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  Category   BC Sportfishing and Flyfishing in British Columbia, Canada
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Fishing Guides in British Columbia
Greater Victoria
Greater Vancouver
The Islands
Vancouver, Coast & Mtns
Thompson Okanagan
Kootenays & BC Rockies
Cariboo, Chilcotin, Coast
Northern British Columbia
Haida Gwaii (Queen Charlotte Islands)
Fishing Guides in all of BC
Fishing Resorts & Lodges in British Columbia
The Islands
Vancouver, Coast & Mtns
Thompson Okanagan
Kootenays & BC Rockies
Cariboo, Chilcotin, Coast
Northern British Columbia
Haida Gwaii (Queen Charlotte Islands)
Fishing Resorts in all of BC
Fishing Camps in British Columbia
Helicopter Fishing in British Columbia
Boat Charters & Cruises in British Columbia














Golf Vacations in British Columbia, Canada
Fishing by Region of British Columbia
Fishing - North Vancouver Island: Port Hardy, Port McNeill
Fishing - Central Vancouver Island: Campbell River
Fishing - South Vancouver Island: Victoria, Sidney, Sooke
Fishing - Pacific Rim: Tofino & Ucluelet (West Coast)
Fishing - The BC Gulf Islands & Discovery Islands
Fishing - Greater Vancouver: Vancouver & North Shore
Fishing - The Fraser Valley and Fraser River
Fishing - Sea To Sky: Whistler, Pemberton & Lillooet
Fishing - The Sunshine Coast of BC
Fishing - Thompson Okanagan and Nicola Valley
Fishing - Okanagan Valley and Shuswap Lake
Fishing - Kootenays: Kootenay Lake, Arrow Lake
Fishing - BC Rockies: Columbia River Valley
Fishing - Cariboo and BC Interior
Fishing - Chilcotin and Bella Coola Highway 20
Fishing - West Coast, Discovery Coast of BC
Fishing - Haida Gwaii (Queen Charlotte Islands)
Fishing - The North East, Northern BC
Fishing - The North West, Northern BC
Fishing Information
Fish Species in BC (Salmon, Trout, Halibut and Bass)
Habits of BC Fish (Salmon, Steelhead, Trout and Bass)
Catch & Release Sport Fishing
Lakes in British Columbia
Rivers in British Columbia

BC Sport Fishing Guide and Canadian Tide Tables
The BC Sport Fishing Guide by Fisheries and Oceans Canada provides all the information required for fishing in the province, fishing regulations, getting a fishing licence, licence fees and regulations, in-season fishing decisions, unlawful practices, packaging of fish for transport, and reporting of fishing violations. For fishing updates by phone, call the 24-hour phone line to get red tide and sanitary closure updates, fishery openings and closures, and other info for your area: 1-866-431-3474 or 604-666-2828. Canadian Tide Tables are also available from Fisheries and Oceans Canada.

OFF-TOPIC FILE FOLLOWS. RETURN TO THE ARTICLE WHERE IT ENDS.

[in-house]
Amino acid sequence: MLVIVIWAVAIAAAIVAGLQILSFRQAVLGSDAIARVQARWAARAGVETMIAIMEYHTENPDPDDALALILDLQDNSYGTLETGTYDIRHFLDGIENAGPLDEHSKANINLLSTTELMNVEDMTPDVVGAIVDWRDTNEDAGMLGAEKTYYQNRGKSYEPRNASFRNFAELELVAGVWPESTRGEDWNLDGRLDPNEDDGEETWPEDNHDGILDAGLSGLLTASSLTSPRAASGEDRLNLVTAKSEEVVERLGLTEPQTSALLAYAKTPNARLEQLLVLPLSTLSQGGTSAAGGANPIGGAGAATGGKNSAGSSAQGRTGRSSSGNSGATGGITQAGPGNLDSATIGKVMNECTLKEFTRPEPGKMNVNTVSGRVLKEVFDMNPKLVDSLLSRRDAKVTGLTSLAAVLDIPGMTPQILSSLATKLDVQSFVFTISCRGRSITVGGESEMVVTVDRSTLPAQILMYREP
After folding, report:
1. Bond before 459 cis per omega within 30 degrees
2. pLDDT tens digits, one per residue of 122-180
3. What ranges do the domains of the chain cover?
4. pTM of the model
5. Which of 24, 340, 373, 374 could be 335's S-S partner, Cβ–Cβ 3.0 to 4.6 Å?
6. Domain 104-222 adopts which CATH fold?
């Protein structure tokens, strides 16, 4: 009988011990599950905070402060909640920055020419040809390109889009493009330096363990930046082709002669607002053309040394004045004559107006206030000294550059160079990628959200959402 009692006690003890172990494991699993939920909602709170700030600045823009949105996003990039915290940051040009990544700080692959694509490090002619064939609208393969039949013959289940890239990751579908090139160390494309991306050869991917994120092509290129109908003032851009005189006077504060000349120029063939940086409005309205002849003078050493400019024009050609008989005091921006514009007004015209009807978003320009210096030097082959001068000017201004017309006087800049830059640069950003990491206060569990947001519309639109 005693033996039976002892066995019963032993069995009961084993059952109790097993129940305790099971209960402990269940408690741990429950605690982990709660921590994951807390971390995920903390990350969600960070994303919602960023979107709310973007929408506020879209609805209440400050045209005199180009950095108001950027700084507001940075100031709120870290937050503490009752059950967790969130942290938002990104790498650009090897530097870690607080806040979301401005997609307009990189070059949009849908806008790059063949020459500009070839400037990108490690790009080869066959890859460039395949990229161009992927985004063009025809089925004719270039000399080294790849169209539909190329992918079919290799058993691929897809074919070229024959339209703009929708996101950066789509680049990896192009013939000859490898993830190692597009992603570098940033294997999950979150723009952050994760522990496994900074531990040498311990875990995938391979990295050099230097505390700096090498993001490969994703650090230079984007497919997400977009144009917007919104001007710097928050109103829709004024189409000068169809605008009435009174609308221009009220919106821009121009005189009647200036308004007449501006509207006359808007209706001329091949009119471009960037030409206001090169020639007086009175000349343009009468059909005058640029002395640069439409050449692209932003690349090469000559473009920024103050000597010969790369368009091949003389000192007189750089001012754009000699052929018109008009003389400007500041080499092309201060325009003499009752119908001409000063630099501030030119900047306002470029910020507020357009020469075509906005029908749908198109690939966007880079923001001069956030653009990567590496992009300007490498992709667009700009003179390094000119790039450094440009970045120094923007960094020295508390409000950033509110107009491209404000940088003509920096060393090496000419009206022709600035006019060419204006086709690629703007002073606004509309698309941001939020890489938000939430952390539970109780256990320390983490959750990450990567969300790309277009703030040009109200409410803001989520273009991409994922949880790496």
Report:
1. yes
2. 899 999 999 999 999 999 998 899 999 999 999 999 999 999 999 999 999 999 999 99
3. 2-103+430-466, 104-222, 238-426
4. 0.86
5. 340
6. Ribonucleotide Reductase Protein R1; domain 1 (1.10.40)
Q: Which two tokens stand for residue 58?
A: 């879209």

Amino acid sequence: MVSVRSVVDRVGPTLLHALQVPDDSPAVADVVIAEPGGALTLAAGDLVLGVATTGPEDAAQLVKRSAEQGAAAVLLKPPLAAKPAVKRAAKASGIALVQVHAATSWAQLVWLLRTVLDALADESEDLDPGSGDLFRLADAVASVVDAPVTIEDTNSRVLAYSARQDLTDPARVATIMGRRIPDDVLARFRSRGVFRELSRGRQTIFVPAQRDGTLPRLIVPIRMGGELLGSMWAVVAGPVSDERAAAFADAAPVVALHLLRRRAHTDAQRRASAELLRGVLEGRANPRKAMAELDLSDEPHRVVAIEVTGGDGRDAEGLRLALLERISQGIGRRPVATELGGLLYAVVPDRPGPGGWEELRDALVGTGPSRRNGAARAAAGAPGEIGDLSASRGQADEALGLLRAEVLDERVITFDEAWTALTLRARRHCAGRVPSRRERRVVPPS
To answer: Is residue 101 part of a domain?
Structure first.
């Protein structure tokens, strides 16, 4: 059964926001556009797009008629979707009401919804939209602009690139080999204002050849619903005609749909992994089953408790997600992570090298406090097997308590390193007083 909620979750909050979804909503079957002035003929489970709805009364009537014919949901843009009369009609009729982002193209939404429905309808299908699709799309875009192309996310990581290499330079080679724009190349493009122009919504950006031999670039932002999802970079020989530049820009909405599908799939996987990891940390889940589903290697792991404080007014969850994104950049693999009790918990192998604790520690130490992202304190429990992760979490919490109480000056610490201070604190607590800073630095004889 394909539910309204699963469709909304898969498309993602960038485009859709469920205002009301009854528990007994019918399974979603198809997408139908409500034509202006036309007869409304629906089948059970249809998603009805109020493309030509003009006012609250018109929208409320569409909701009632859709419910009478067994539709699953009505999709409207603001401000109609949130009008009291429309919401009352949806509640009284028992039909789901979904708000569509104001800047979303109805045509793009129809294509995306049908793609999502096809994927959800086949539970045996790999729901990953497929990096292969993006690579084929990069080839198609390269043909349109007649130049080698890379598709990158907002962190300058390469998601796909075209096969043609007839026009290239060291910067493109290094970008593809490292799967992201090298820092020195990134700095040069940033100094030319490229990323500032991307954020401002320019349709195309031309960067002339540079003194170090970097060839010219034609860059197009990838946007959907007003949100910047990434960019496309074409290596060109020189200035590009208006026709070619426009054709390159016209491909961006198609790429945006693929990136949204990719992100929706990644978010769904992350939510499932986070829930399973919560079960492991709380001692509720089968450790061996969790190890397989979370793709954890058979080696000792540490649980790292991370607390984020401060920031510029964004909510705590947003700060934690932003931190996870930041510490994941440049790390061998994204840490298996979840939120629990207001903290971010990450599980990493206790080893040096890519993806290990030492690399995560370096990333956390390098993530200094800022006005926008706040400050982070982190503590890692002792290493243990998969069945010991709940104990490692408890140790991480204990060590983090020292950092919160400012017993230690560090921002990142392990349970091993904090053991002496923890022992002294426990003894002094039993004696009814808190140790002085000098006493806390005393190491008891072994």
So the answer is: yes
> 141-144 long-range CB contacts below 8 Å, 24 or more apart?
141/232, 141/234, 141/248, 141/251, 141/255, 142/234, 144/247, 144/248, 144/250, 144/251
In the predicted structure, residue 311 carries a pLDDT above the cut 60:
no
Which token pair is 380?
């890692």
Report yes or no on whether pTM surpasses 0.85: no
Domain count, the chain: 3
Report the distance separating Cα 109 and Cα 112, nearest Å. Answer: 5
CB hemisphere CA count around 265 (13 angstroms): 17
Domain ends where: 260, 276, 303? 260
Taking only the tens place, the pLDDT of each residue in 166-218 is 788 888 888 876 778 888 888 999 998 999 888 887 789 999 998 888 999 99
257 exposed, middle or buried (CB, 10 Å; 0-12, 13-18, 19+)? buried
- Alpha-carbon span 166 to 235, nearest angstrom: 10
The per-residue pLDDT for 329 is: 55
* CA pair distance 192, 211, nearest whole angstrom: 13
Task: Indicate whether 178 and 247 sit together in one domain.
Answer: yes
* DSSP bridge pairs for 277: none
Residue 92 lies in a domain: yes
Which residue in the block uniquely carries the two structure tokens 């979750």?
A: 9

Freshwater Fishing
There are so many fishable lakes in British Columbia that even if you managed to try a different one each day of the year, you would have to start young and have a very long life (and maybe a floatplane) to visit them all. Hundreds of pleasant lakes are easily reached and fished with just a vehicle with good ground clearance, a car-top or inflatable boat or float tube, and the right fishing tackle.

Catch-and-release with a single barbless hook has become the official operative byword for those anglers fishing ocean-bound streams and rivers in BC. Attitude means a lot in fishing. Remember that the essence of sport angling is to try to hook a fish on the most sporting terms you can handle, from light tackle with artificial lures, barbless hooks, and delicate leaders to a belief that a trout is much more valuable as a living challenge to your skill than as part of a meal.

Saltwater Fishing
Salmon are the sportfish of choice in BC's marine waters. Depending on the time of year, you'll find chinook (also called king or spring salmon, or tyee if over 30 pounds/13.5 kg), coho (also called silver, blueback, or northern salmon), sockeye, or pink (also called humpy salmon). Coho aren't the biggest salmon, but they are the most sought after, as they jump and fight like trout. Sockeye are the tastiest salmon of all, while Pinks are similar in size but not as tasty.


It's a mystery, but fish - oceangoing and freshwater alike - are hungriest just as a slack tide is beginning to fall, and for an hour thereafter. Another well-considered tip is that the best time to fish in ocean waters is an hour before and after both high and low tides. That's just some of the fishing lore that you'll encounter when tossing a line in BC waters.








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